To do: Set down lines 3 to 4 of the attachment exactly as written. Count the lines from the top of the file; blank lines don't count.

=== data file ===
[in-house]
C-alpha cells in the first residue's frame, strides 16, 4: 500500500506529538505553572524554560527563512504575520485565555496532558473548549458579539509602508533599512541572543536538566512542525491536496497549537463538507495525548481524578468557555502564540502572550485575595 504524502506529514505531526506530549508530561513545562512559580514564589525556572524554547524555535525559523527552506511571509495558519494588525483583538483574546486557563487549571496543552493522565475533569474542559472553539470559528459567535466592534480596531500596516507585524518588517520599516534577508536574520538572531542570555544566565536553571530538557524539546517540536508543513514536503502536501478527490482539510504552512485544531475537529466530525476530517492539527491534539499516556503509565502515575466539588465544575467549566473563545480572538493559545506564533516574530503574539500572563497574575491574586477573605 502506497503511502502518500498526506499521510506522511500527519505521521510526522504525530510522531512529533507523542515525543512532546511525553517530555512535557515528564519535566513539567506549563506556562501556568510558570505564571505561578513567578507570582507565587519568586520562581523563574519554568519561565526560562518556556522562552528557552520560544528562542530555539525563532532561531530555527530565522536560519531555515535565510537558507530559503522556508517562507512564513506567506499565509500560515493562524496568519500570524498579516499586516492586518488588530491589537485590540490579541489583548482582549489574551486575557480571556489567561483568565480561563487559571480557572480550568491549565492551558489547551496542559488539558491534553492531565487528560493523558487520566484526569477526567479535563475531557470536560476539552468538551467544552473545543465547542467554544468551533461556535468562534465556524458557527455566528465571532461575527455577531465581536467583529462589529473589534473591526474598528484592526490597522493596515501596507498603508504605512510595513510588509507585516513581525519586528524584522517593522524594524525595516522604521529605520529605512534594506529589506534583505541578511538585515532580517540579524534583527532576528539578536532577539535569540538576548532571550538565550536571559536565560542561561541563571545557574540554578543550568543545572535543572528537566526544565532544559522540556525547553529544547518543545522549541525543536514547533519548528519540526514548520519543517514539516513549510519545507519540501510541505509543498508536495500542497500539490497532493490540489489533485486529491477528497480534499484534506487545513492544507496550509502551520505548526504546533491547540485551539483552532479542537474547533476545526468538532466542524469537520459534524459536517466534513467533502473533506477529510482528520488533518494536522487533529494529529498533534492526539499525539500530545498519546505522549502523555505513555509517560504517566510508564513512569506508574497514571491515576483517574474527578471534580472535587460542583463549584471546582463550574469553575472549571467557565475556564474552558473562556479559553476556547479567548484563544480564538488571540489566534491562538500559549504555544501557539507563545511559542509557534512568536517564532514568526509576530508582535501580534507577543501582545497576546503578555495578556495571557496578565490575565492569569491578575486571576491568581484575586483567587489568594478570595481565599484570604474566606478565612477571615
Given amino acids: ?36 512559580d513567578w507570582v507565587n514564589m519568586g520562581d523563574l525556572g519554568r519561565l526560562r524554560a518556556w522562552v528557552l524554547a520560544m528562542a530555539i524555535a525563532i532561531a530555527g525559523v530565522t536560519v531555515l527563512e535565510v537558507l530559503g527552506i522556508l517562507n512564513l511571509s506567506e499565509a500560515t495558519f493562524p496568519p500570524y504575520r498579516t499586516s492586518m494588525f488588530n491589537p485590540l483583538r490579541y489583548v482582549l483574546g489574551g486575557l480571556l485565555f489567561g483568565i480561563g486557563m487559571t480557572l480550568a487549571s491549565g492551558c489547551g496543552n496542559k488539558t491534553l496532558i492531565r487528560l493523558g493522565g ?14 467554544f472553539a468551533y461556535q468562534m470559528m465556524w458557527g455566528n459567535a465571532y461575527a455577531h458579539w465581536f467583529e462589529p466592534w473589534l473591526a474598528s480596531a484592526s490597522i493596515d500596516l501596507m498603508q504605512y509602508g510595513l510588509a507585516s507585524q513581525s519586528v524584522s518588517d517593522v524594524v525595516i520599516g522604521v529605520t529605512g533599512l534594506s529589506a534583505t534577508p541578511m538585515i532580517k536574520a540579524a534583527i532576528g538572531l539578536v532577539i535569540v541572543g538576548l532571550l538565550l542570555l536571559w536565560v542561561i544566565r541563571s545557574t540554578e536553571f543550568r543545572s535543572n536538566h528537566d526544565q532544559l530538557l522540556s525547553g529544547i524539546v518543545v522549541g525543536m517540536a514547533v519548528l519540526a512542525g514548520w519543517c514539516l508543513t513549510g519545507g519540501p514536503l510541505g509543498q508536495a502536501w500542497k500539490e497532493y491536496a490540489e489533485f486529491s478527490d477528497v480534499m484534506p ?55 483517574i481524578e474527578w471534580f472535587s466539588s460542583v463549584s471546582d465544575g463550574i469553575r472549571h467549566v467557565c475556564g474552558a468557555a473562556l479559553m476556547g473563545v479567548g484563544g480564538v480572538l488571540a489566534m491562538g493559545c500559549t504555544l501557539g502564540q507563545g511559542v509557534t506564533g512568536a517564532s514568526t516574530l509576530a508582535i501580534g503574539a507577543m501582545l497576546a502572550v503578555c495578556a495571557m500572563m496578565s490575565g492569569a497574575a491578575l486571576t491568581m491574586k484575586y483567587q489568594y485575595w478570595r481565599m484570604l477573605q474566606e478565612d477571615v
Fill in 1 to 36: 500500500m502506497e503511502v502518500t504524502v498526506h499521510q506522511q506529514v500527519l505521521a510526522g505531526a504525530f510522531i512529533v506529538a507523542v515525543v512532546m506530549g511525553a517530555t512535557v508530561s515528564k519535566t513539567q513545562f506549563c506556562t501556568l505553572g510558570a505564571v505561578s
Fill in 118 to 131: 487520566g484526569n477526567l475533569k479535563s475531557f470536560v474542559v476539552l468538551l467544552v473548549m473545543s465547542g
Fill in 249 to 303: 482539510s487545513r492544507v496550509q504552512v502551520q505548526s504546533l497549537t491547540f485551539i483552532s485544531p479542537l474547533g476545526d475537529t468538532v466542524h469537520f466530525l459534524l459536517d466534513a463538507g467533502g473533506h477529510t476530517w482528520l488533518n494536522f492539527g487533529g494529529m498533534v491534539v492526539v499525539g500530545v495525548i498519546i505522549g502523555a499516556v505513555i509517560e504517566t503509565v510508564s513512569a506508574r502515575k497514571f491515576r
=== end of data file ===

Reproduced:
Given amino acids: ?36 512559580d513567578w507570582v507565587n514564589m519568586g520562581d523563574l525556572g519554568r519561565l526560562r524554560a518556556w522562552v528557552l524554547a520560544m528562542a530555539i524555535a525563532i532561531a530555527g525559523v530565522t536560519v531555515l527563512e535565510v537558507l530559503g527552506i522556508l517562507n512564513l511571509s506567506e499565509a500560515t495558519f493562524p496568519p500570524y504575520r498579516t499586516s492586518m494588525f488588530n491589537p485590540l483583538r490579541y489583548v482582549l483574546g489574551g486575557l480571556l485565555f489567561g483568565i480561563g486557563m487559571t480557572l480550568a487549571s491549565g492551558c489547551g496543552n496542559k488539558t491534553l496532558i492531565r487528560l493523558g493522565g ?14 467554544f472553539a468551533y461556535q468562534m470559528m465556524w458557527g455566528n459567535a465571532y461575527a455577531h458579539w465581536f467583529e462589529p466592534w473589534l473591526a474598528s480596531a484592526s490597522i493596515d500596516l501596507m498603508q504605512y509602508g510595513l510588509a507585516s507585524q513581525s519586528v524584522s518588517d517593522v524594524v525595516i520599516g522604521v529605520t529605512g533599512l534594506s529589506a534583505t534577508p541578511m538585515i532580517k536574520a540579524a534583527i532576528g538572531l539578536v532577539i535569540v541572543g538576548l532571550l538565550l542570555l536571559w536565560v542561561i544566565r541563571s545557574t540554578e536553571f543550568r543545572s535543572n536538566h528537566d526544565q532544559l530538557l522540556s525547553g529544547i524539546v518543545v522549541g525543536m517540536a514547533v519548528l519540526a512542525g514548520w519543517c514539516l508543513t513549510g519545507g519540501p514536503l510541505g509543498q508536495a502536501w500542497k500539490e497532493y491536496a490540489e489533485f486529491s478527490d477528497v480534499m484534506p ?55 483517574i481524578e474527578w471534580f472535587s466539588s460542583v463549584s471546582d465544575g463550574i469553575r472549571h467549566v467557565c475556564g474552558a468557555a473562556l479559553m476556547g473563545v479567548g484563544g480564538v480572538l488571540a489566534m491562538g493559545c500559549t504555544l501557539g502564540q507563545g511559542v509557534t506564533g512568536a517564532s514568526t516574530l509576530a508582535i501580534g503574539a507577543m501582545l497576546a502572550v503578555c495578556a495571557m500572563m496578565s490575565g492569569a497574575a491578575l486571576t491568581m491574586k484575586y483567587q489568594y485575595w478570595r481565599m484570604l477573605q474566606e478565612d477571615v
Fill in 1 to 36: 500500500m502506497e503511502v502518500t504524502v498526506h499521510q506522511q506529514v500527519l505521521a510526522g505531526a504525530f510522531i512529533v506529538a507523542v515525543v512532546m506530549g511525553a517530555t512535557v508530561s515528564k519535566t513539567q513545562f506549563c506556562t501556568l505553572g510558570a505564571v505561578s